Cmdr and was sent back to Hawaii but his Team 3 Seabees would train teams They scouted prior to D-day, helped direct the first landing craft to the correct beaches on D-day and helped clear the beaches of debris on D-plus 2. Onderdonk and Ltjg C. On Guam UDT 8 requested permission to build a base.
Nimitz, Commander in Chief, U. Pacific Fleet did a base inspection of Teams 8 and The Admiral gave the UDT base a glowing review. At wars end 34 teams had been formed with teams 1—21 having actually been deployed. The Seabees provided over half of the men in the teams that saw service. The U.
Navy did not publicize the existence of the UDTs until post war and when they did they gave credit to Lt. Commander Kauffman and the Seabees. Those men with the CB rating on their uniforms considered themselves Seabees that were doing underwater demolition. UDTs had to meet the military's standard age guidelines, Seabees older could not volunteer. In preparation for the invasion of Japan the UDTs created a cold water training center and mid UDT men had to meet a new physical standard.
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Even so, there were just two regular CBs that were "colored" units, the 34th  and 80th  NCBs. Both had white Southern officers and black enlisted. Both battalions experienced problems with that arrangement that led to the replacement of the officers. The Navy had a huge need for cargo handlers.
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On 18 September authorization was granted for the formation of a different type of CB denoted by the tag "Special" for cargo handling. Those Special CBs later became the first fully integrated units in the U. Of particular note were the actions of the 17th Special at Peleliu 15—18 September On D-day, the 7th Marines were in a situation where they did not have enough men to man the lines and get the wounded to safety.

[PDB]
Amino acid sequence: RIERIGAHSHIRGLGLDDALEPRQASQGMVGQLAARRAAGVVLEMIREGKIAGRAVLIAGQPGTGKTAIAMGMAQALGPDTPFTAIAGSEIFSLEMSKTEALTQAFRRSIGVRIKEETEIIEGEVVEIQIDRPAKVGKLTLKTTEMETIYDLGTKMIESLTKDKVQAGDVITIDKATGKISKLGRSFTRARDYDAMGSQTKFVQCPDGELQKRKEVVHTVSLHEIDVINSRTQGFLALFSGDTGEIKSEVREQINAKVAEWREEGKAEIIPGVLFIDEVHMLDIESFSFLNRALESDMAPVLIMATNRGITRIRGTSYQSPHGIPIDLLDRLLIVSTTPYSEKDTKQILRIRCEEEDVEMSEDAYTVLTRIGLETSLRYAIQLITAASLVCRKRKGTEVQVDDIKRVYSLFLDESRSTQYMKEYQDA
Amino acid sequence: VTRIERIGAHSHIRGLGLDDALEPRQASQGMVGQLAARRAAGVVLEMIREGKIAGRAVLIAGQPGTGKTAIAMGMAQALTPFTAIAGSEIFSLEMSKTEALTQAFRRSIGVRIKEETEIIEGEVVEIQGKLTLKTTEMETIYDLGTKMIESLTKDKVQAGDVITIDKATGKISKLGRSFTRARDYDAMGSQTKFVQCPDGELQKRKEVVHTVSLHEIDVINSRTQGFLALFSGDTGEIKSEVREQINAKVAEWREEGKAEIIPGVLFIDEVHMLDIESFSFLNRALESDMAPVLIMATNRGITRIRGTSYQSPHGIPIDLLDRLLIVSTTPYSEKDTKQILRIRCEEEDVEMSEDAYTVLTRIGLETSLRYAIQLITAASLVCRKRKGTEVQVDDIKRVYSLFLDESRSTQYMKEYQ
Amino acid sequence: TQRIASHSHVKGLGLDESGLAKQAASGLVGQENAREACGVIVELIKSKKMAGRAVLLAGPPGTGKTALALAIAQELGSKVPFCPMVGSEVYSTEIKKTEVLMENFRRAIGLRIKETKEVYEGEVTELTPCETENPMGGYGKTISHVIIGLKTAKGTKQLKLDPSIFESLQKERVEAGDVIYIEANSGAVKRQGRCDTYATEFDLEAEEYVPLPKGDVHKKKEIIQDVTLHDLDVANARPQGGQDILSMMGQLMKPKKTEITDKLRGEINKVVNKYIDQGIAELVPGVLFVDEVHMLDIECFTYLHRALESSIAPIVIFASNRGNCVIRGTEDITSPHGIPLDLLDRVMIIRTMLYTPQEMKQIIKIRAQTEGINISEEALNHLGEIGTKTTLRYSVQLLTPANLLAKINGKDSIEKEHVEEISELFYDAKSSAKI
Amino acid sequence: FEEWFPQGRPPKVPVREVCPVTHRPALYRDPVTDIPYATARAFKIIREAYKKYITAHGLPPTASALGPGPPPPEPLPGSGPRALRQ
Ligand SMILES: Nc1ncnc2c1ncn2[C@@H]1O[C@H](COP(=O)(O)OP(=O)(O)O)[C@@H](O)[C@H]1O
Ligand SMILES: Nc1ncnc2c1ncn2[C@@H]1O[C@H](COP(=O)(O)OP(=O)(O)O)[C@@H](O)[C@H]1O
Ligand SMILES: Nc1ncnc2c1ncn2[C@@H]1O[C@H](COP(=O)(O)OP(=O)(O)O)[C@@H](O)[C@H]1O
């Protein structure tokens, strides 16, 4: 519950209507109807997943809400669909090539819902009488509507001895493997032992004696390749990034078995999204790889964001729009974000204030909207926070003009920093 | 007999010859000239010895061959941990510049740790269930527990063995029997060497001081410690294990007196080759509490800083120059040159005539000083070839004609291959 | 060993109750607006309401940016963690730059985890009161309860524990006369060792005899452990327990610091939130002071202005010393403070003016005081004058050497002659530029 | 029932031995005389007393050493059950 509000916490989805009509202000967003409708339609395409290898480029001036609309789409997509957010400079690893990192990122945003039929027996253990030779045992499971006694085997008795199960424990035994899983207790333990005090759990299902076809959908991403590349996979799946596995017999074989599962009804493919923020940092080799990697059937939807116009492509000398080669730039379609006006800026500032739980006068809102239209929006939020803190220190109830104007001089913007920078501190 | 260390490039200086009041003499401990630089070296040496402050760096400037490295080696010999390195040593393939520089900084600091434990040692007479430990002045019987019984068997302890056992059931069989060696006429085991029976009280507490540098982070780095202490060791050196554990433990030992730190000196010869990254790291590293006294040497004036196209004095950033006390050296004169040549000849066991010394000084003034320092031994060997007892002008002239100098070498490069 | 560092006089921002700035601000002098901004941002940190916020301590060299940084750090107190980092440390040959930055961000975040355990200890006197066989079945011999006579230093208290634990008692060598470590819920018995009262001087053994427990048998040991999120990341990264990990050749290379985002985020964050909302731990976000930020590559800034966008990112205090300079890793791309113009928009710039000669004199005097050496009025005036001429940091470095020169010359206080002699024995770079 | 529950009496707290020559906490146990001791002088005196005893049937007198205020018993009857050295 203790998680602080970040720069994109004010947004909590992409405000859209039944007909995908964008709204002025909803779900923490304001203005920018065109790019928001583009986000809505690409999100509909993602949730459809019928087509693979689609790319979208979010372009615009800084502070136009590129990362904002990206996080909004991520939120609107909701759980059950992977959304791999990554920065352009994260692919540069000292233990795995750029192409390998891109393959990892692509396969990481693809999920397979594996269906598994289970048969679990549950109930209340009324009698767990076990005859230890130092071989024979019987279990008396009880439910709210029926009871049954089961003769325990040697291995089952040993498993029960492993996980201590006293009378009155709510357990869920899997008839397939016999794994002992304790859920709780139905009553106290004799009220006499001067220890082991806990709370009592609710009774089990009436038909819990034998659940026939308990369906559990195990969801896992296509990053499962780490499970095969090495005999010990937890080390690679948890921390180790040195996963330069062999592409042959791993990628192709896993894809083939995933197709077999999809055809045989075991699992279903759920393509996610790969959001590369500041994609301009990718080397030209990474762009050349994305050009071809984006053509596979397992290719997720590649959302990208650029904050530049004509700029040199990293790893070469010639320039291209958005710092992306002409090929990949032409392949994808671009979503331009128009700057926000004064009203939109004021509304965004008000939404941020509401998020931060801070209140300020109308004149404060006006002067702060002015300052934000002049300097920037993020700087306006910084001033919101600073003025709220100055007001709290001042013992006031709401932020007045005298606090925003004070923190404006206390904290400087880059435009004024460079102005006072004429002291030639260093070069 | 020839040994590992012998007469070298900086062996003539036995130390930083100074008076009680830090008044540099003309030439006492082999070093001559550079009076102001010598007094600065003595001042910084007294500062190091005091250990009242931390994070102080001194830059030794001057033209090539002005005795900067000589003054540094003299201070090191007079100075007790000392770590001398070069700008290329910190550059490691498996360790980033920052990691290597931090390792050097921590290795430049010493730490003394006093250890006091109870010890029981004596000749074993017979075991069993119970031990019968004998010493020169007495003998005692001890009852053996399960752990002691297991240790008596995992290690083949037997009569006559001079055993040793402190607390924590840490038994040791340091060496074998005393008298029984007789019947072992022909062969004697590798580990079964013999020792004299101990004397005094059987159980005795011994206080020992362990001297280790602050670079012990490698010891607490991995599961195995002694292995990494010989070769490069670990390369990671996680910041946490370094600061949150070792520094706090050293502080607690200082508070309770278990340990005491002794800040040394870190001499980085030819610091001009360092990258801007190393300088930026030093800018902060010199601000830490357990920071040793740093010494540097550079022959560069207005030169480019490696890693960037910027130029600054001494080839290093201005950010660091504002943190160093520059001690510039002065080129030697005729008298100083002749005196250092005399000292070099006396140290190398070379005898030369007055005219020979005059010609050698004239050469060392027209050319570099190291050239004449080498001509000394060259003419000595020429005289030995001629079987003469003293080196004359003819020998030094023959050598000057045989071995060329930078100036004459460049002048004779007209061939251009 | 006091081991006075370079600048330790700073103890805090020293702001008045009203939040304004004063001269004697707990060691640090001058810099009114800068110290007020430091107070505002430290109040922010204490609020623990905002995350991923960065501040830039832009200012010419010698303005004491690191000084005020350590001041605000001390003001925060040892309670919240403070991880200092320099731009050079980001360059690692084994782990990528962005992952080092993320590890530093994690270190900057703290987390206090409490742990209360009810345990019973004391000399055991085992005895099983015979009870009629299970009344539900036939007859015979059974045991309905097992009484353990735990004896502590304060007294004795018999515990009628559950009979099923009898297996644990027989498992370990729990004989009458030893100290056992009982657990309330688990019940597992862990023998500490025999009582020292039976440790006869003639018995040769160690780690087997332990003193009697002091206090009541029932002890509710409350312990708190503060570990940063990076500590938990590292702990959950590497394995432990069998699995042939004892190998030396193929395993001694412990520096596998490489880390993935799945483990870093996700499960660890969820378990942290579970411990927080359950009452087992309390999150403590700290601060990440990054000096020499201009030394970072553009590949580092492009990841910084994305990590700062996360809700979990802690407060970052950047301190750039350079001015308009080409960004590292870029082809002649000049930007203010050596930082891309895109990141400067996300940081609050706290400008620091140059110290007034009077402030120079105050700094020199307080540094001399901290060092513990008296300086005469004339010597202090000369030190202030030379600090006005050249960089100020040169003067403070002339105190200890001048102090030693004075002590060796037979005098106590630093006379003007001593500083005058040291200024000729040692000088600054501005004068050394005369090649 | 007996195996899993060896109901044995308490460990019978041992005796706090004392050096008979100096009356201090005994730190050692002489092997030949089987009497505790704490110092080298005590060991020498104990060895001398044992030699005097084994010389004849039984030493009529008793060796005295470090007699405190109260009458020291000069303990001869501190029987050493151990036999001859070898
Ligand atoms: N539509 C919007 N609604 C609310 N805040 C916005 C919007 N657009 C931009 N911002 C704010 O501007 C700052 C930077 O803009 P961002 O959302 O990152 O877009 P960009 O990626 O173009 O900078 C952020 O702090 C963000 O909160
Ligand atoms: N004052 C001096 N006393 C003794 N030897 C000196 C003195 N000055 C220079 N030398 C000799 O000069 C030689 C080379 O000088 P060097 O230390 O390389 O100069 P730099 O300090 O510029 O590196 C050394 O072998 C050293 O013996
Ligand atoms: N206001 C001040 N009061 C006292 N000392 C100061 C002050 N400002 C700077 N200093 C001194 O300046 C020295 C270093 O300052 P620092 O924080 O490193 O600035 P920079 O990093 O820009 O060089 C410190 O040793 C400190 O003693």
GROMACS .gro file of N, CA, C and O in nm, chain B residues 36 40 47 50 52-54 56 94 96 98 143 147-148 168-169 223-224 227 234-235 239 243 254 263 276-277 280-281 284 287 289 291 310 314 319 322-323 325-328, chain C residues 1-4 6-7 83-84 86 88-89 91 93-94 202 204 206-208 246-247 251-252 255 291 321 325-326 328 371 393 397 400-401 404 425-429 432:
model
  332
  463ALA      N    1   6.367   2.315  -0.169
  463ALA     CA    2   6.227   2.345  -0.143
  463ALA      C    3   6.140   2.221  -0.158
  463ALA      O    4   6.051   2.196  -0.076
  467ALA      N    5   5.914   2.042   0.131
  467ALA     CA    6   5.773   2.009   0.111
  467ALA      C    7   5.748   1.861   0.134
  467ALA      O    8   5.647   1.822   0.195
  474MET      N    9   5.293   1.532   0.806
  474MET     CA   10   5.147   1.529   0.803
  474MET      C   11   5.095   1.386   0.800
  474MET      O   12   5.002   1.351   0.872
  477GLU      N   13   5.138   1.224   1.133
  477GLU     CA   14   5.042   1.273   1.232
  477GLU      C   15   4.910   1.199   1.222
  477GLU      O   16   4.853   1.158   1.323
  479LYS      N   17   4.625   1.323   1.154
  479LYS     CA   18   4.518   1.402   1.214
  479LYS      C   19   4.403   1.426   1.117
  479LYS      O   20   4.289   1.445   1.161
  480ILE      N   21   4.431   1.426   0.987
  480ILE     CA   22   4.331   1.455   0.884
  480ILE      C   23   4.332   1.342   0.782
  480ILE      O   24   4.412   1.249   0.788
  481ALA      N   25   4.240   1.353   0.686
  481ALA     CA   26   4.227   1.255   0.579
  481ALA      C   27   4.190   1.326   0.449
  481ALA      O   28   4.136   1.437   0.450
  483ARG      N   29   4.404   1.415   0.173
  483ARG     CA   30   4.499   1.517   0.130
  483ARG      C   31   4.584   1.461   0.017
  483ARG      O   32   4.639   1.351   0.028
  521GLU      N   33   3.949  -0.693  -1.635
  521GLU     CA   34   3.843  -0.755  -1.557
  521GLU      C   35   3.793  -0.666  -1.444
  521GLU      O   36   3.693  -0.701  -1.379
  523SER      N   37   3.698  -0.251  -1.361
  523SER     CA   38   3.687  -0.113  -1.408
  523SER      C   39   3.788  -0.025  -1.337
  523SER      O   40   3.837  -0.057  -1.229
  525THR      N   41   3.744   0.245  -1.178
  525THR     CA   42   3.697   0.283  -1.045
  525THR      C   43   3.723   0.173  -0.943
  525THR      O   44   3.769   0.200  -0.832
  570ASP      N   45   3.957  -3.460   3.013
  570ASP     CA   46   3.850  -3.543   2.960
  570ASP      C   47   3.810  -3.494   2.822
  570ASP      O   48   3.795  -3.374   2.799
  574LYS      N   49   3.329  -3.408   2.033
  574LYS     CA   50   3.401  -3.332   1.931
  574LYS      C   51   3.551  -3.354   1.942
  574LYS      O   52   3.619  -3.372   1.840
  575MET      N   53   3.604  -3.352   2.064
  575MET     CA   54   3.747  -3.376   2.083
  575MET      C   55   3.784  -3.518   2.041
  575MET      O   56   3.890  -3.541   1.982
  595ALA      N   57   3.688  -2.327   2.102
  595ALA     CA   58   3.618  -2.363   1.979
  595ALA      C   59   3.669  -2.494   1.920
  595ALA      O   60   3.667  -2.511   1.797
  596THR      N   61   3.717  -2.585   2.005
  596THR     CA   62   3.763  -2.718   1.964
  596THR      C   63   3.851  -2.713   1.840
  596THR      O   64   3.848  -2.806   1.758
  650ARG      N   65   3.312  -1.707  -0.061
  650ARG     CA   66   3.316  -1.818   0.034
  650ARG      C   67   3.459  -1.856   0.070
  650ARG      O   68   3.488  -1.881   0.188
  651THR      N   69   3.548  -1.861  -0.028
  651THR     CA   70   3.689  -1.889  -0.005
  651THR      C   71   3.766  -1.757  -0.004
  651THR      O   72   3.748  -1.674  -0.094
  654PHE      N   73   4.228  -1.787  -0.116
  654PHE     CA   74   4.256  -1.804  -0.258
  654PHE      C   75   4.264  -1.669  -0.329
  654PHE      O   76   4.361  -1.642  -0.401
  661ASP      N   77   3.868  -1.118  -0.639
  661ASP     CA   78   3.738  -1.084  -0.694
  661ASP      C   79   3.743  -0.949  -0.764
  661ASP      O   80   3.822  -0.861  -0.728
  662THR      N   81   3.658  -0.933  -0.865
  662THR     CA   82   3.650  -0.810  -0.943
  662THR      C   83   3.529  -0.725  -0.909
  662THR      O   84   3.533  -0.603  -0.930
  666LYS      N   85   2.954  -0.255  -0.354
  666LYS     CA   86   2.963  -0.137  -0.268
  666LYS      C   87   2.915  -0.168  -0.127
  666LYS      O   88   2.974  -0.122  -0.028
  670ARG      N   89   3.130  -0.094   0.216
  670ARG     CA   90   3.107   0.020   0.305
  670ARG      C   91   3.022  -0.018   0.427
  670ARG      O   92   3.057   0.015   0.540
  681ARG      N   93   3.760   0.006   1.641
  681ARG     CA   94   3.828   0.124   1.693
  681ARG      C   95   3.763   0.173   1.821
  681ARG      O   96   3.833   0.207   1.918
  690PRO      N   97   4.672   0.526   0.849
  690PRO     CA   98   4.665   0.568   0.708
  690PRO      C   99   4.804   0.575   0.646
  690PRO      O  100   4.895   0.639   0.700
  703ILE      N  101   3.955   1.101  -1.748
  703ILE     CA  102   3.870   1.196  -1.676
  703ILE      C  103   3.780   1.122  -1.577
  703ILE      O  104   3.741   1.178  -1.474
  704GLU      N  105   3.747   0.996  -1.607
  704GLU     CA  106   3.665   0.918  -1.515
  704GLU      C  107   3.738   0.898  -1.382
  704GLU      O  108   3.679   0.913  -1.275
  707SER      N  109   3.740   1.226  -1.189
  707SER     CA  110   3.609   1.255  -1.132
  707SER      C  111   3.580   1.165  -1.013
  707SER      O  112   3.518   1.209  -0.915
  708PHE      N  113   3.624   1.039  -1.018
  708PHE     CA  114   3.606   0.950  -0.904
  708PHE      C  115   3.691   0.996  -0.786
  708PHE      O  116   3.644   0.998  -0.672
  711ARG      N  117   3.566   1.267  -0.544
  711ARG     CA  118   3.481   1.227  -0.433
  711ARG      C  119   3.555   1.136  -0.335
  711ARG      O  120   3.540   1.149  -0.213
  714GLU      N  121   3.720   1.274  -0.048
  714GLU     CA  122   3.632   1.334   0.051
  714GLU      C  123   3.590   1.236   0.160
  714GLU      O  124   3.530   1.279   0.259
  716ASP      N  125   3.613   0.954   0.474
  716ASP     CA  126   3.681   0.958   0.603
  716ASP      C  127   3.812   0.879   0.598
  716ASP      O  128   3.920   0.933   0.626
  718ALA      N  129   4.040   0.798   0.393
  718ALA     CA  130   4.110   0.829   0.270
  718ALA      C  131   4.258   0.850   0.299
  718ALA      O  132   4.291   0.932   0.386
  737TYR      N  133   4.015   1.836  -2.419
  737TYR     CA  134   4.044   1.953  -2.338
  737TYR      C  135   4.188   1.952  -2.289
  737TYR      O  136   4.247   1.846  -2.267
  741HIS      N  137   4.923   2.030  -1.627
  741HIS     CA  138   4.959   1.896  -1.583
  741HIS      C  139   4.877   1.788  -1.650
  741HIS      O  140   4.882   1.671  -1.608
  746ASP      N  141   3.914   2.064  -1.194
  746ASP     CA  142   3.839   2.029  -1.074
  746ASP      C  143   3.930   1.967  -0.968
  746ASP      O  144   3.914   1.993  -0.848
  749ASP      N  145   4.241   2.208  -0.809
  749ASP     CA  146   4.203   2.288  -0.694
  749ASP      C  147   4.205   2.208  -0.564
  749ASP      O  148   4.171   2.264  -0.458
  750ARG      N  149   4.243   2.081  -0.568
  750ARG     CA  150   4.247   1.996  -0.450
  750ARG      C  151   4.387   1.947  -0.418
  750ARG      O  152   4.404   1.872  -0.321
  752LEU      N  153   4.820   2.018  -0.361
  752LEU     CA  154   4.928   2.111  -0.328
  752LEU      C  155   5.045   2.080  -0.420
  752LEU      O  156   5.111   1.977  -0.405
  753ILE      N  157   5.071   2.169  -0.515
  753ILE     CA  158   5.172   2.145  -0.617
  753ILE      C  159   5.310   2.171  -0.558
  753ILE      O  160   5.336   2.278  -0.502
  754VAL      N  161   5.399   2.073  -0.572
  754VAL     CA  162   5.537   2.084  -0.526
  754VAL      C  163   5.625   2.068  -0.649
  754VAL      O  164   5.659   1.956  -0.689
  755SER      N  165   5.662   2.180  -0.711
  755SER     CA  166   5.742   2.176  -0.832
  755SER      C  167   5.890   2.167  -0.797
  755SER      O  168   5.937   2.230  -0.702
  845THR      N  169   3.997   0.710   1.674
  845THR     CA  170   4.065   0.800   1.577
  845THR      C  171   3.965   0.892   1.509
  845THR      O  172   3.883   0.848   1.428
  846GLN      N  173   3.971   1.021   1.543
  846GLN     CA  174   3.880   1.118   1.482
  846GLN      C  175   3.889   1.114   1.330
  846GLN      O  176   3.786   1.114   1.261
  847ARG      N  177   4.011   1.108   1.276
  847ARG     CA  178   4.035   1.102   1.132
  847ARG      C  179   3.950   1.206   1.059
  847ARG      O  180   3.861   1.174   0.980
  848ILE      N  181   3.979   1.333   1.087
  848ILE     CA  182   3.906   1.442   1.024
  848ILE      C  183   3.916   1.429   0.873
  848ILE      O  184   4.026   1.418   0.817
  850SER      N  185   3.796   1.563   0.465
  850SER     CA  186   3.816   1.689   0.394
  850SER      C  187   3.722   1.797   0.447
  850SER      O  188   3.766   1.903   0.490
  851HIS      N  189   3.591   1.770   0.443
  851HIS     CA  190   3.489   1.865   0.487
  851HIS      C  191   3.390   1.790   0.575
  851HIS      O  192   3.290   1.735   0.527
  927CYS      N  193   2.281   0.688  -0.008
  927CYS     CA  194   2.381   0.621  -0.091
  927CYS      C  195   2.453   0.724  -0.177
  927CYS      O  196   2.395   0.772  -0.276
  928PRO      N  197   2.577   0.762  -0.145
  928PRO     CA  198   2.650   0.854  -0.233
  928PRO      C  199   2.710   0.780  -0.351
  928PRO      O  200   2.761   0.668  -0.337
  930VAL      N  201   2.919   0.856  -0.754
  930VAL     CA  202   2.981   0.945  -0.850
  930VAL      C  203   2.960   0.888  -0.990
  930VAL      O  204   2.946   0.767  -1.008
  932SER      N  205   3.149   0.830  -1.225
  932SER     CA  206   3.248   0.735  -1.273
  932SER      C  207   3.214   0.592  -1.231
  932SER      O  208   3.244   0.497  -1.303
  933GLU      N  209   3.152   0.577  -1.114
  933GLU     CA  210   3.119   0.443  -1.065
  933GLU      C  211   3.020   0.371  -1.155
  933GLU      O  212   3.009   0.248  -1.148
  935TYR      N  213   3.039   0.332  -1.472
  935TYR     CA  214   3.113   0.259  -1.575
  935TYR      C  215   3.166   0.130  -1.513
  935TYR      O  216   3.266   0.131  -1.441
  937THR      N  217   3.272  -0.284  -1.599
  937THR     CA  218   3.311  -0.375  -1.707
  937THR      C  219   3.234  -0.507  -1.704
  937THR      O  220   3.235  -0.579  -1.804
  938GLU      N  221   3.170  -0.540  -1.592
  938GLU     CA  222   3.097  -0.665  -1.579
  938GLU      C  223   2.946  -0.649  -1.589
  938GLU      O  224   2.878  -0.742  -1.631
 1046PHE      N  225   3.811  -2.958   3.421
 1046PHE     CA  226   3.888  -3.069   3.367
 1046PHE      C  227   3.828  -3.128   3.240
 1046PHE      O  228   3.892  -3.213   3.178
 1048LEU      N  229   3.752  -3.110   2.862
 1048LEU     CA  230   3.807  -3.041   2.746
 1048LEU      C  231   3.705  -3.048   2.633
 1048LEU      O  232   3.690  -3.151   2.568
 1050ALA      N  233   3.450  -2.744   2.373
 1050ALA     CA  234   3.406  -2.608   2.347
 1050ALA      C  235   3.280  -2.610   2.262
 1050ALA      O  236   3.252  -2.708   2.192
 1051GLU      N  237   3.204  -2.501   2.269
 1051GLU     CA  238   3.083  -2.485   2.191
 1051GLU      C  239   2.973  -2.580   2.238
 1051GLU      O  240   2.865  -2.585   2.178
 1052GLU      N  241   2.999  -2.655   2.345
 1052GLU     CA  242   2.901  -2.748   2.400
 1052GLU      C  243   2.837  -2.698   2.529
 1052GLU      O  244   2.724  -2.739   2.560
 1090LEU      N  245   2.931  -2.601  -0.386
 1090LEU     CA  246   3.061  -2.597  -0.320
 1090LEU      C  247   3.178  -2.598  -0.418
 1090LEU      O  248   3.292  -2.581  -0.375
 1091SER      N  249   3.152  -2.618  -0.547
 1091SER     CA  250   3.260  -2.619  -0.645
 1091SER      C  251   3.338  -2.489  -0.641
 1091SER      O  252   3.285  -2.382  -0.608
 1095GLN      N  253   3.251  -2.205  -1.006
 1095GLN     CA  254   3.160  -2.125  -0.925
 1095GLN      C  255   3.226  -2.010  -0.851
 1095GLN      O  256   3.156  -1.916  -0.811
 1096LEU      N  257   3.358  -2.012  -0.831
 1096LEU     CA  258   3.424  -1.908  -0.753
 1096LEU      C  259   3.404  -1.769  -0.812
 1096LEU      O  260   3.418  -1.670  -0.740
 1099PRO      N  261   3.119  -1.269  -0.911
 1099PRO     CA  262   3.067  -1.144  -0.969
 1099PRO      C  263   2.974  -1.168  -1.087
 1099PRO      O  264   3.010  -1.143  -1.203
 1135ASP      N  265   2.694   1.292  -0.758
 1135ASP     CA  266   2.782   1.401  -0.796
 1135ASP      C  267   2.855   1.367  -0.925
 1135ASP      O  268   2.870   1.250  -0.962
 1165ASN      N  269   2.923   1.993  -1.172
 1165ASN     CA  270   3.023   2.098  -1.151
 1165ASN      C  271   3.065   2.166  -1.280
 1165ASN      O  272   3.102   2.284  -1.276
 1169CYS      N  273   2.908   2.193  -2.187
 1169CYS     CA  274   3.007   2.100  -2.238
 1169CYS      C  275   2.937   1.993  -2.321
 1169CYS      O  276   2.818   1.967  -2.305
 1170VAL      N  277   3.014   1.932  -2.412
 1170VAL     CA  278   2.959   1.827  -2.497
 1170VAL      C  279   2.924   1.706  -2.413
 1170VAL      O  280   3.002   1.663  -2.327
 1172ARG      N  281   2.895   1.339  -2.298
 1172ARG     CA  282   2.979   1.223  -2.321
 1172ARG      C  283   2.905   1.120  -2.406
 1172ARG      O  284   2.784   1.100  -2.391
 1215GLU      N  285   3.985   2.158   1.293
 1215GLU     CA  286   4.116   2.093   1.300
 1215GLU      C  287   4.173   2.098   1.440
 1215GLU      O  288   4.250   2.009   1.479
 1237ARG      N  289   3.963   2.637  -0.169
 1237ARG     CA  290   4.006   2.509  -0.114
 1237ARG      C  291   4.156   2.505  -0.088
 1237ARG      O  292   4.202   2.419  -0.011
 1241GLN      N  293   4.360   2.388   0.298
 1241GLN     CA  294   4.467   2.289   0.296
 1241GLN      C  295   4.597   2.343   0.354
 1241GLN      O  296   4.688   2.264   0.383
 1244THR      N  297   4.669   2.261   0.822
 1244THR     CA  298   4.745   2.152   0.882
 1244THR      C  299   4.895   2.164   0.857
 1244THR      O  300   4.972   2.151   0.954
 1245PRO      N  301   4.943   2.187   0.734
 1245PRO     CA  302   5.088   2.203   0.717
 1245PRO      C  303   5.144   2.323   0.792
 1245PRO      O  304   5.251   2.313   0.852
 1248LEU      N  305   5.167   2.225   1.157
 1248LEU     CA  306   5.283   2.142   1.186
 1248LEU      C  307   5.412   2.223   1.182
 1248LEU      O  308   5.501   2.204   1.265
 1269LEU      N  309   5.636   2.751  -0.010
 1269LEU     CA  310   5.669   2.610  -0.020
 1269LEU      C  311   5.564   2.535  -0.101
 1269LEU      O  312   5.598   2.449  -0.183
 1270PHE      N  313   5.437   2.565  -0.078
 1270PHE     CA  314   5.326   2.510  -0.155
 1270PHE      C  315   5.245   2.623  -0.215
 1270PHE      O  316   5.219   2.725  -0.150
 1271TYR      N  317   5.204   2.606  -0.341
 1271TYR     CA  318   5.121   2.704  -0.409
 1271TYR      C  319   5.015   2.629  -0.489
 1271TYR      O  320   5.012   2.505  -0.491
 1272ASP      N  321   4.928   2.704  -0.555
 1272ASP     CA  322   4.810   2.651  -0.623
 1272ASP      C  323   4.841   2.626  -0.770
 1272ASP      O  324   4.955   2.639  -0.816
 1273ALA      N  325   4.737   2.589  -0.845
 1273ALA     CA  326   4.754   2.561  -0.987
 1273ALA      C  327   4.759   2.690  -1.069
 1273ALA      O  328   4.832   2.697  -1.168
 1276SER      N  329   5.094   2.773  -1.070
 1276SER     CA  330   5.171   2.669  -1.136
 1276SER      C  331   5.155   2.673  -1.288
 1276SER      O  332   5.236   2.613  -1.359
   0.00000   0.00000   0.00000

Coming to their aid were the 2 companies of the 16th Marine Field Depot colored and the 17th Special Seabee colored. The Japanese mounted a counter-attack at hours on D-day night. By the time it was over nearly the entire 17th had volunteered to hump ammunition to the front lines on the stretchers they brought the wounded back on. They volunteered to man the line where the wounded had been, man 37mm that had lost their crews and volunteered for anything the marines needed.
The 17th remained with the 7th Marines until the right flank had been secured D-plus 3.
The wholehearted co-operation and untiring efforts which demonstrated in every respect that they appreciated the privilege of wearing a marine uniform and serving with the marines in combat. Please convey to your command these sentiments and inform them that in the eyes of the entire division they have earned a 'well done'. A Construction Battalion Detachment CBD was formed from "screening Camp Peary and the NCF for geologists , petroleum engineers , driller oil , tool pushers , roustabouts and roughnecks " and later designated The original plan in had been to send them to the recaptured oil fields of New Guinea with the assignment to get those fields back in production.
Navy Petroleum Reserve No.
NPR-4 had been created and placed in the oil reserve in The detachment's mission was to complete a detailed geologic study at Umiat and Cape Simpson , begin core hole and deep well drilling, as well complete aerial and overland pipeline surveys. Four D-8s with twenty sleds of supplies were readied for the mile trek to Umiat once the ground froze to support them.
The well site was near 4 known seeps at Umiat in the very south-east of NPR 4. Twice the Seabees have been tasked with large scale land surveys.
Target: Makin Island
They also had a group of USN geologists assigned to map the Reserve's geology. That group was sent to Vietnam in to survey and map that country's entire road network.
When the Japanese signed the surrendered CB was in the Aleutians. Upon arrival the Russians told the Seabees they had 10 days and were amazed that the Seabees did it. The other was near Khabarousk , Siberia in buildings provided by the Russians.